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Pricing Corn Silage - Fall 2013

John Hanchar, Farm Business Management
Northwest New York Dairy, Livestock & Field Crops

September 23, 2013
Pricing Corn Silage - Fall 2013

Summary
  • Price analysis suggests that the price of corn silage depends on corn silage quantities, the price of alfalfa hay, the price received by farmers for milk, and the price of corn grain.
  • Estimated corn silage price is sensitive to alfalfa hay price and corn grain price.
  • Price estimates combined with understanding of relevant supply and demand factors from an individual farm business owner's perspective can aid decision making regarding corn silage price. Given most recently available alfalfa hay and corn grain prices (August, and September/October 2013, respectively), price analysis suggests an estimated corn silage price of about $42 per ton.
Determining Corn Silage PriceA farm business owner can examine how much he/she would be willing to supply to a market at a given price. Cost of production analysis combined with consideration of other factors helps to define the supply relationship. A seller can develop a target based upon the above, but actual market conditions provide no guarantee that a buyer will purchase quantities desired at a price that achieves the producer's cost target.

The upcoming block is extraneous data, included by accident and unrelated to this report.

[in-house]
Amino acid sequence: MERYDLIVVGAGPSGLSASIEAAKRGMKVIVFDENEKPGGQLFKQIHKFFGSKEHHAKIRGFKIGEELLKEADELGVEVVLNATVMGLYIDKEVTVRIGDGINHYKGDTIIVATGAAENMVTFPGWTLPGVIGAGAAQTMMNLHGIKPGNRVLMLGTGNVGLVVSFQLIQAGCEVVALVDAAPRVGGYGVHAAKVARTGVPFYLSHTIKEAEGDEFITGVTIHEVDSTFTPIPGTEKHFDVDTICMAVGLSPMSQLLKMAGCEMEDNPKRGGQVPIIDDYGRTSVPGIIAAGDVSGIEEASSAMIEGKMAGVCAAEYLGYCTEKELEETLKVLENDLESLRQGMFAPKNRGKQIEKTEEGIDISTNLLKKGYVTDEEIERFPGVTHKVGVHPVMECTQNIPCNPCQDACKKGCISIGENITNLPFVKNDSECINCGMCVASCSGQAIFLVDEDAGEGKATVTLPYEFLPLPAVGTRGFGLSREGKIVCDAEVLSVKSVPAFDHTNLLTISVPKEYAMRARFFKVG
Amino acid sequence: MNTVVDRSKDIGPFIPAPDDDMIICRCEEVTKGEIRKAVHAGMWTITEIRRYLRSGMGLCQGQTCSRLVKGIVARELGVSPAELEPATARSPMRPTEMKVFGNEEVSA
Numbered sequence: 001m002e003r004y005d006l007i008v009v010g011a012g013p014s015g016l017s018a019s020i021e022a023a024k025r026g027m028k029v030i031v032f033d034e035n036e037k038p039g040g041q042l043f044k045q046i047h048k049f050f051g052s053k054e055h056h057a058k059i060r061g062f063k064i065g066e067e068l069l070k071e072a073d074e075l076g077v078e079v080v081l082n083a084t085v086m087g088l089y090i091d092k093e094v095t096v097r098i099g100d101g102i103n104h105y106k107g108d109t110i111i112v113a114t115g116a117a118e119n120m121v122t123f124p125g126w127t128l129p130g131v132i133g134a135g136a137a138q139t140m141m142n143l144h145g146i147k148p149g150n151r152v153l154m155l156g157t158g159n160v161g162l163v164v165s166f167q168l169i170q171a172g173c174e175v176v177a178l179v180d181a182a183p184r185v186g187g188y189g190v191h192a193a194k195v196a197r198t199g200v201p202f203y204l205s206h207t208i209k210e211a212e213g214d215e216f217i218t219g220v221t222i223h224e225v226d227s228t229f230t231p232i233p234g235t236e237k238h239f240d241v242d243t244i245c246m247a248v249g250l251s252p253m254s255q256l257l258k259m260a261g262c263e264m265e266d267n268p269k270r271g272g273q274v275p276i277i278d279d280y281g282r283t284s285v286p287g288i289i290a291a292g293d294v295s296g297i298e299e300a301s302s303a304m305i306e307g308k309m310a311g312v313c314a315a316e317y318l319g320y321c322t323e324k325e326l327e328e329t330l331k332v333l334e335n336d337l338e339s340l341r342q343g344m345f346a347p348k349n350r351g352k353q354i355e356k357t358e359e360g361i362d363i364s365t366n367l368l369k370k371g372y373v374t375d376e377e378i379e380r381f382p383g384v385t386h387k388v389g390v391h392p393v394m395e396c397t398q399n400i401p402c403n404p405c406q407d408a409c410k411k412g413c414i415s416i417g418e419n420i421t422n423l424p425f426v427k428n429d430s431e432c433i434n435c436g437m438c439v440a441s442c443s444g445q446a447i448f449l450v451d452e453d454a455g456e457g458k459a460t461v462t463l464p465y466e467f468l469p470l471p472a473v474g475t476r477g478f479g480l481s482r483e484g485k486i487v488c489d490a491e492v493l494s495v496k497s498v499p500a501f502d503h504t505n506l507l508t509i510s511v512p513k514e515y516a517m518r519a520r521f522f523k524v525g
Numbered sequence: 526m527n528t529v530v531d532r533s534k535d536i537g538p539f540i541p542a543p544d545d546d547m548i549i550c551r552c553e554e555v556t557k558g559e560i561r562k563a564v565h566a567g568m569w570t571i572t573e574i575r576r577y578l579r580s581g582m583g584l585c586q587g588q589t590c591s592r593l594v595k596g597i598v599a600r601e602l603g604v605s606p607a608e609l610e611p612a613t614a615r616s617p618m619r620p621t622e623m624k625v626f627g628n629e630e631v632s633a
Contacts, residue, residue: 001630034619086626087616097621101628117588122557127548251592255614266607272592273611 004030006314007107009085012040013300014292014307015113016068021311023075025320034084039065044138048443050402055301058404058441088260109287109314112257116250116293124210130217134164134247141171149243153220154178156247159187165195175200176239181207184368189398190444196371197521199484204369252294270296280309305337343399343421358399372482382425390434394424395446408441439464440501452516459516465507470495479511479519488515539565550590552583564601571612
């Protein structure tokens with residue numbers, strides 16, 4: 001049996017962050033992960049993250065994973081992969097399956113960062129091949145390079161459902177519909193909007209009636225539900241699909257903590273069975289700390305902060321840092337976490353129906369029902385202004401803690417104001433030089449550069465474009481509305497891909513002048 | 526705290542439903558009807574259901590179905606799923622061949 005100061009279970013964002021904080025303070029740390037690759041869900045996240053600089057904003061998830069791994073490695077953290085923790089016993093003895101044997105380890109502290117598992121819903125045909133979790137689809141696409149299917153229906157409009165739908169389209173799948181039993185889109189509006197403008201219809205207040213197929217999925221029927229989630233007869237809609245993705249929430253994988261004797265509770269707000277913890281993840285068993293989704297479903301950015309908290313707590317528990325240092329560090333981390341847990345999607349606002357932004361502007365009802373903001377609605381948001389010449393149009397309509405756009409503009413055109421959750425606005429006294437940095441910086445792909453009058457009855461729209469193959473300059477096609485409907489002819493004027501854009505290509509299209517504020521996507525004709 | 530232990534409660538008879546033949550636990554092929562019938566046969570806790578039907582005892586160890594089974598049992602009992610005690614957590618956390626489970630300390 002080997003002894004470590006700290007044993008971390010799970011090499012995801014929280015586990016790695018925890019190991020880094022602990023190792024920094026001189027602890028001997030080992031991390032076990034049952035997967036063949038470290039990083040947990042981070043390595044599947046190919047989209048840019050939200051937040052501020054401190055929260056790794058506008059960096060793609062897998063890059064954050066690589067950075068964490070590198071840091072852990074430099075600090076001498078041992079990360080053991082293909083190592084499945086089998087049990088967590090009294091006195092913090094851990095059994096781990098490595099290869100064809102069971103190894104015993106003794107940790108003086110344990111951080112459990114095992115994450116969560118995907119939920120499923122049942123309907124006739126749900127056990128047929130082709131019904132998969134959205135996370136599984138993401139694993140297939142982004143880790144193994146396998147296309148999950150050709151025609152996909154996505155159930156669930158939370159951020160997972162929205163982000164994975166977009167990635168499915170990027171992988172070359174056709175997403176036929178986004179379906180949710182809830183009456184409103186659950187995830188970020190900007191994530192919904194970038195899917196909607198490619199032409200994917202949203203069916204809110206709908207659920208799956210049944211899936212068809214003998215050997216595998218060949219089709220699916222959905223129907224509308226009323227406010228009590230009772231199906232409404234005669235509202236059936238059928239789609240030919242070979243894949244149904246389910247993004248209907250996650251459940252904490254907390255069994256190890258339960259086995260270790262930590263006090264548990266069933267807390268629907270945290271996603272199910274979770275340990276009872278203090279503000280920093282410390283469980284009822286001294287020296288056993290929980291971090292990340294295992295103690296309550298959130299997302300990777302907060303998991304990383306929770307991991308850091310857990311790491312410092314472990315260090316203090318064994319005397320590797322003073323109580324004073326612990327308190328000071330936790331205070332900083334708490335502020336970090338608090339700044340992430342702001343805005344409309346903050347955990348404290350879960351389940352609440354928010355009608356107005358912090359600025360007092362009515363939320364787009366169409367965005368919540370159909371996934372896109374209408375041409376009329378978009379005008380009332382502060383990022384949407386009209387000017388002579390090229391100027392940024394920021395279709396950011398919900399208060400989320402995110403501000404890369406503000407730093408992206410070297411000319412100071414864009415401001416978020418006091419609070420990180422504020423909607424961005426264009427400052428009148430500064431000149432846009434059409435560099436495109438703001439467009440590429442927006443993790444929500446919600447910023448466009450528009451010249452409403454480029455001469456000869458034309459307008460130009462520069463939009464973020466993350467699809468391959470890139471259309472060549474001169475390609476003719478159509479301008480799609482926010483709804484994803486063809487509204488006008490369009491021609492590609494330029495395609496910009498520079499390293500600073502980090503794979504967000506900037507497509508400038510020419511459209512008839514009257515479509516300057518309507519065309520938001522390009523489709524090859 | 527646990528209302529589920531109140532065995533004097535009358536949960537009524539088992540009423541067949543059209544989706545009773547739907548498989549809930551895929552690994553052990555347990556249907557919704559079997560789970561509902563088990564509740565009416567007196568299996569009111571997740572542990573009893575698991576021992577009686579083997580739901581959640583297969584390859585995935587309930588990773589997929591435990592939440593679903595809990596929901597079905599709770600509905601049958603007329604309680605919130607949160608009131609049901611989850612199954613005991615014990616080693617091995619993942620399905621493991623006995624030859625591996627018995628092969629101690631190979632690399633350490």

Some farm business owners might approach the problem of determining corn silage price from a value in production, or input demand perspective. The amounts of corn grain and corn stover in a ton of corn silage, relevant prices, and corn silage's place in the milk production process are key variables. A buyer can develop a price target based upon the above, but actual market conditions provide no guarantee that a producer will sell the quantity desired at a price that matches the buyer's willingness to pay.
For more information regarding the two approaches mentioned above, visit the team’s website at and click on the “Forages” tab.

Although factors in price determination, the two approaches described above, by themselves, in isolation don’t completely determine market price and quantity. Supply and demand relationships work simultaneously in markets to determine price and quantity. Empirical price analysis brings supply and demand relationships together to determine price.

Corn Silage Price Analysis